Six random places to visit in Andalucia bucket-list

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Looking for surf, textiles or utopia? You’re in luck. If you find yourself in the region with nowhere particular to go, try these.

Utopia: Marinaleda

Also known as the ‘communist utopia’ of Spain, this tiny village has been governed by ‘Robin Hood mayor’ Juan Manuel Sánchez Gordillo for the past 40 years. After the death of Franco in 1975, the town had over 60% unemployment and its inhabitants were starving. The Marinaleños formed their own trade union and political party, and in the 80s the townspeople began occupying land around the village owned by absent aristocrats. Today, workers earn more than double Spain’s minimum wage, they have their own voluntary police force and nearly no unemployment.

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Photo: Raquel Amaro Silva. Flickr

Olive groves: Ubeda

The province of Jaén is in the middle of the biggest olive growing region in Andalucía; its trees grow half the yearly production of olive oil. The beautiful small towns of Úbeda and neighbouring Baeza are recognised as UNESCO world heritage sites. They are filled with charming Renaissance style architecture, stone walled squares and the rustic 16th century Hospital de Santiago. Explore the nearby Sierras de Cazorla which is covered in dense pine forests and has some of the rarest wildlife in Andalucía such as bearded vultures and red deer.

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Ubeda. Photo: Antonia Latorre. Flickr

Best Surf: Conil de la Frontera

If you want to visit a picturesque white-washed village with some of the best surf in Spain, this is the place to go. Close to Cadiz and facing the Atlantic Ocean, the mellow low waves are suitable for beginners, long-boards and mid-lengths.

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Photo: simon marchand Flickr

Troglodytic cave houses: Guadix

There are over 2,000 underground dwellings in this troglodytic village near Granada, with famously friendly inhabitants. Most of the homes are dug into the earth with painted long chimneys which stick out of the earth, protecting villagers from the sweltering sun. Guadix is built on one of Europe’s oldest settlements, dating back to the Stone Age. The village standing today was built by the Romans to mine silver and was later occupied by the Moors in the 1200s. Some of the caves are believed to have been built in this period and are over 1000 years old.

Ceramics and textiles: Nijar

In Almeria within the Sierra de Alhamilla lies the village of Níjar, known for its long history producing ceramics and Jarapas a part of its Moorish heritage. In its pottery quarter, Barrio Alfarero, there remains three original ceramic workshops.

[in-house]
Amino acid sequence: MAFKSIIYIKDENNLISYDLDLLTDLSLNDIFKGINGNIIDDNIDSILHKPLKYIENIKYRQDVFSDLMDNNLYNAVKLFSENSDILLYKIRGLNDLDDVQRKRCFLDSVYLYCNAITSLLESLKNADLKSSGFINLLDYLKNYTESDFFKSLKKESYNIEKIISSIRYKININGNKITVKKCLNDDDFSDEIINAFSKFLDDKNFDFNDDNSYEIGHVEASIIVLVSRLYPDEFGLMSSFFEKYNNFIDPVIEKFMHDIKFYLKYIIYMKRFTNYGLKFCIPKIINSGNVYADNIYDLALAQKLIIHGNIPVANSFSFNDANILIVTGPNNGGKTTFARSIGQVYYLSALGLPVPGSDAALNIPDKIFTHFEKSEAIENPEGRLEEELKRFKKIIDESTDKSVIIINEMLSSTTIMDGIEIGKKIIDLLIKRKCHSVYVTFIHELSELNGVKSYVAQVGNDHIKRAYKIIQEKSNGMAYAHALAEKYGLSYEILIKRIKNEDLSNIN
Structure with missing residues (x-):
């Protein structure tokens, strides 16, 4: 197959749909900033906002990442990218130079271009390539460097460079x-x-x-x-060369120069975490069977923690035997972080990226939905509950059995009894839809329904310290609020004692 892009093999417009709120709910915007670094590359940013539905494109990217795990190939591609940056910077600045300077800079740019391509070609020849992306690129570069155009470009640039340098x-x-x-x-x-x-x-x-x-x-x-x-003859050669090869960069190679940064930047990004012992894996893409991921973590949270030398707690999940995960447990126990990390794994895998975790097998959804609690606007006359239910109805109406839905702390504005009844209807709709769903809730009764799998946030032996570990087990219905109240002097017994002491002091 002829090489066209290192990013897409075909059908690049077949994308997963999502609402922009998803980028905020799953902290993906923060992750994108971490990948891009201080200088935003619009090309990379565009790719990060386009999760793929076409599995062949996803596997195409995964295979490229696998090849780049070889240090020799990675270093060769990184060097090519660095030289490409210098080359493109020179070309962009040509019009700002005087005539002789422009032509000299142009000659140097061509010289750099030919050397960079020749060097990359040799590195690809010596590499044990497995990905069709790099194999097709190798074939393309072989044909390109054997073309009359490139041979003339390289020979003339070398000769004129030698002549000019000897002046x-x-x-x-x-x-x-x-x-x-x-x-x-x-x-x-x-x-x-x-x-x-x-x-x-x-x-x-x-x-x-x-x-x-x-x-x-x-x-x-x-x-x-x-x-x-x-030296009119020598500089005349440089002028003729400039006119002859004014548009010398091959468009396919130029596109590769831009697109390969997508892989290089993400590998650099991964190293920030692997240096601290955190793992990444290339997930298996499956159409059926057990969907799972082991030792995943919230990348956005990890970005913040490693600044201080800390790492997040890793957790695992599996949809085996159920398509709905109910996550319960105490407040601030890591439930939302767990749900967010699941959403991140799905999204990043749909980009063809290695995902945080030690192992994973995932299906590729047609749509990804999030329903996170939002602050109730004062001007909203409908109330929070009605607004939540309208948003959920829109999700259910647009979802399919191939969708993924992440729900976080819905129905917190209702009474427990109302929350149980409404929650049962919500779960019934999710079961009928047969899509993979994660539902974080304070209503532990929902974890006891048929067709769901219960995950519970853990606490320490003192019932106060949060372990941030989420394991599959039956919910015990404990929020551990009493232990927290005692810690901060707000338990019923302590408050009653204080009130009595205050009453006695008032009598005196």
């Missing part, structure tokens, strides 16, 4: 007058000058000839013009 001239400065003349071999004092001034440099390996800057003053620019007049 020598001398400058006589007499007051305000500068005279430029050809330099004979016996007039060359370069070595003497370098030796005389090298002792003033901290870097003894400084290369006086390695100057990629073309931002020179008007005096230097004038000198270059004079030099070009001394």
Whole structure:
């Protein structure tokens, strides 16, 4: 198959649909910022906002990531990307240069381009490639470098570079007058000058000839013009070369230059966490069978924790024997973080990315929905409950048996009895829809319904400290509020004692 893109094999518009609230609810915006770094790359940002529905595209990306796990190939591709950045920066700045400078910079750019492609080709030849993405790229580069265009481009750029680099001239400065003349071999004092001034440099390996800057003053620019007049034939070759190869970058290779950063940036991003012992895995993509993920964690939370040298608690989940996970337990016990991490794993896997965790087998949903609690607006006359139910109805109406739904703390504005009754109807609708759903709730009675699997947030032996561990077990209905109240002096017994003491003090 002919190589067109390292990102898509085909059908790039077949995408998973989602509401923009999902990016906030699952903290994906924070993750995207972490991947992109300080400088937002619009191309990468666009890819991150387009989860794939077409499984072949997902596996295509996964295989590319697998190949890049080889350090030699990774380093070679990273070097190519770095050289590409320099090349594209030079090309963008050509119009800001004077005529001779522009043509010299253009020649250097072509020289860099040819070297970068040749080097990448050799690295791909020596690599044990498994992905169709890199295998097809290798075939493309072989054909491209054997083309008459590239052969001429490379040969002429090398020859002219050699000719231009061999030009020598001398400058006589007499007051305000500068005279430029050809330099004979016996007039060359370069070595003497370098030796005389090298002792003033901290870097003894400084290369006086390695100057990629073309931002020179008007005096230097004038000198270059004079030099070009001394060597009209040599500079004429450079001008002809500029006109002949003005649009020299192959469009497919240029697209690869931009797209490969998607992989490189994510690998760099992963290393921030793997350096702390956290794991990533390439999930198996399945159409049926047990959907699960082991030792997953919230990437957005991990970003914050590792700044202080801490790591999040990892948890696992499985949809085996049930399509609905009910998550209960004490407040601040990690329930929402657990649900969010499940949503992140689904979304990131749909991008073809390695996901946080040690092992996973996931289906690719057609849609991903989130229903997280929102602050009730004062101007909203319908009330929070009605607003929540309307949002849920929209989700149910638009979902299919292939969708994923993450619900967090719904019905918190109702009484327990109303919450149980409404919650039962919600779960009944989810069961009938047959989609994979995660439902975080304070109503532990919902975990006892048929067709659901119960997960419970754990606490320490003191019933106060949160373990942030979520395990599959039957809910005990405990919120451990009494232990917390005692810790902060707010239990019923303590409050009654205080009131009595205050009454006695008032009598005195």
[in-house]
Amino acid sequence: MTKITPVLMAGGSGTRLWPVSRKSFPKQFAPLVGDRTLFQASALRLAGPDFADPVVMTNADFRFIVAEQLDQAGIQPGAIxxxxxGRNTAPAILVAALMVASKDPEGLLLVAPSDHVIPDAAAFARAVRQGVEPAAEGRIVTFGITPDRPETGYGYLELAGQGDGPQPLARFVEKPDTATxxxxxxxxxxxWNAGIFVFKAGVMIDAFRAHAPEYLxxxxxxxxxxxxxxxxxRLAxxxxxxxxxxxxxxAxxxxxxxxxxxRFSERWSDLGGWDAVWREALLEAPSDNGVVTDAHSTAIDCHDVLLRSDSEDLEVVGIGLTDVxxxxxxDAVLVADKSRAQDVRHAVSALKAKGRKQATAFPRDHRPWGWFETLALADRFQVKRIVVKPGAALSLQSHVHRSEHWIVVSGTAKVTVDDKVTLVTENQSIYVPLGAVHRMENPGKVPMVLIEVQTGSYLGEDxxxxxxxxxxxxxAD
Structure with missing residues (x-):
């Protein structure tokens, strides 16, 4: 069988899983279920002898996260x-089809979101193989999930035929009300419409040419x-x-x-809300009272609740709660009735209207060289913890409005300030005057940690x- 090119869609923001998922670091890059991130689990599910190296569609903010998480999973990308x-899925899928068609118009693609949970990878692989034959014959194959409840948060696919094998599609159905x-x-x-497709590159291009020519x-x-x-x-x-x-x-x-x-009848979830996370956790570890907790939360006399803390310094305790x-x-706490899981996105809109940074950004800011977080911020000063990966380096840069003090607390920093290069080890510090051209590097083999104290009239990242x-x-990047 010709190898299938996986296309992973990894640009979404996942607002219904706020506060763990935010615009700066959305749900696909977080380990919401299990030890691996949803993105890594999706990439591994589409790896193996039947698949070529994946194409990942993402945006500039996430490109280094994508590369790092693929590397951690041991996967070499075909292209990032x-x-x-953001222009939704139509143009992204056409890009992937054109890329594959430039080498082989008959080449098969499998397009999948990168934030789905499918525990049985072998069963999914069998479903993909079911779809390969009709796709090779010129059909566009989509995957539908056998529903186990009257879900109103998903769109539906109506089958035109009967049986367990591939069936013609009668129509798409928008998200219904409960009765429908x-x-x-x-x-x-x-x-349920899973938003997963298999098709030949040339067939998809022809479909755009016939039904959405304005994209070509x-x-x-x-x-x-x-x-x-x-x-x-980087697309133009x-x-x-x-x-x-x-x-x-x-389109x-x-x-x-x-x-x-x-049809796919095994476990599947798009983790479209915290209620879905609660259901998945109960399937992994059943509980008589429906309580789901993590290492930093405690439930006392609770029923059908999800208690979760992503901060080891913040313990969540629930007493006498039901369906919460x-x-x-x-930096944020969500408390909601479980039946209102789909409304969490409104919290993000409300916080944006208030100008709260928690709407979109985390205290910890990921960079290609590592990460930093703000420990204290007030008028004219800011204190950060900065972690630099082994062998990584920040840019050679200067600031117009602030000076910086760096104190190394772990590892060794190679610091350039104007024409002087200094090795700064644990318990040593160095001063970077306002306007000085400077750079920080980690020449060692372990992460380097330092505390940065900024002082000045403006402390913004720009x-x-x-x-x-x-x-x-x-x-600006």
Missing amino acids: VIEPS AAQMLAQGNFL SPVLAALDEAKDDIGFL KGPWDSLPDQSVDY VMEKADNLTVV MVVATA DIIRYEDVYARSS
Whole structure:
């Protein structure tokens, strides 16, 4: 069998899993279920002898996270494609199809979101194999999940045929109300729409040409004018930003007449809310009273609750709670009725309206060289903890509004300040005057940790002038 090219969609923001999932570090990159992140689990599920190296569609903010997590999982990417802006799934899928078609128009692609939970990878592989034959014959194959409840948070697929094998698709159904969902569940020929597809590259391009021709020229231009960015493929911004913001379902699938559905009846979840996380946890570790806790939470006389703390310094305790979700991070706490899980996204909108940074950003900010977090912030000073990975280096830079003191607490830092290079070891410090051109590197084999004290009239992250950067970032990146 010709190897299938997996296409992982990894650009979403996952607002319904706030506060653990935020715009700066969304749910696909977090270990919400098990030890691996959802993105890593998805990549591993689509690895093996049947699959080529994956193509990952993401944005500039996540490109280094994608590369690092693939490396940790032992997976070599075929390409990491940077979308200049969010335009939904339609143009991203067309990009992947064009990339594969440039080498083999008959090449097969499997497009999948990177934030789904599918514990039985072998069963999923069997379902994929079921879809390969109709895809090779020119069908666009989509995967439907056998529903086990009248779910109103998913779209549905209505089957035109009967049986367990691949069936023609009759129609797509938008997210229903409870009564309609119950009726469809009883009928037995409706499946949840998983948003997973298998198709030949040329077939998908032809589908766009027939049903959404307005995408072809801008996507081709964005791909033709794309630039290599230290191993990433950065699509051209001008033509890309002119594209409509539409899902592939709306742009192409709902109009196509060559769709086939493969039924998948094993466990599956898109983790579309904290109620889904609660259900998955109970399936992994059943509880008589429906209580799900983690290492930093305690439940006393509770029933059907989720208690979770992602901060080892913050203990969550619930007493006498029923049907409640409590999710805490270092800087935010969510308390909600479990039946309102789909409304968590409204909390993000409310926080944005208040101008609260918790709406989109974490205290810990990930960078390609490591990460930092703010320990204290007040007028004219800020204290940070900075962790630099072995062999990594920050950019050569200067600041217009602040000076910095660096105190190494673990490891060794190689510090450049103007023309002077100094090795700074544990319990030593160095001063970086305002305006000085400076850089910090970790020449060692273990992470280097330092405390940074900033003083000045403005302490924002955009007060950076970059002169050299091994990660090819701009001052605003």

They still use traditional methods for glazing; yellow comes from iron, green from copper, blue from cobalt ect… Jarapas, rugs made from fabric off-cuts, can be found on most corners and there are still a few craftspeople weaving them the way their parents and grandparents have done before them.

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Bit of history: Casares

Casares is known as one of the most famous Pueblos Blancas for its beauty and proximity to the coastline of the Costa del Sol. However it also has an unusual and interesting history. It is said that the town is named after Julius Caesar, who ruled from 63 and 60 BC, and had a special relationship with the village after he visited the Roman Sulphur baths of Hedionda and cured his skin infection. During the civil war Casares fell to the National army in 1936. Villagers fled by foot to Marbella and Malaga and after returning soldiers and villagers were imprisoned and executed for their socialist political beliefs. They are buried in two mass graves located in Cerro de la Horca and Arroyo Marín.

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Photo: Alaistar Barnsley Flickr

Coves and caves in Malaga province: Nerja

Previously a tiny fishing village before it got put on the map for its stunning coastline of cliffs and white sandy beaches. Just west of Malaga, near Granada and Antequera, it’s easy to travel to for a weekend getaway. Whilst there enjoy the traditional white washed village and shoreline as well as the caves found in 1959 by local teenagers looking for bats. There are 589 cave paintings, which are thought to be from the Upper Paleolithic period.

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Photo: Flickr fjenciso

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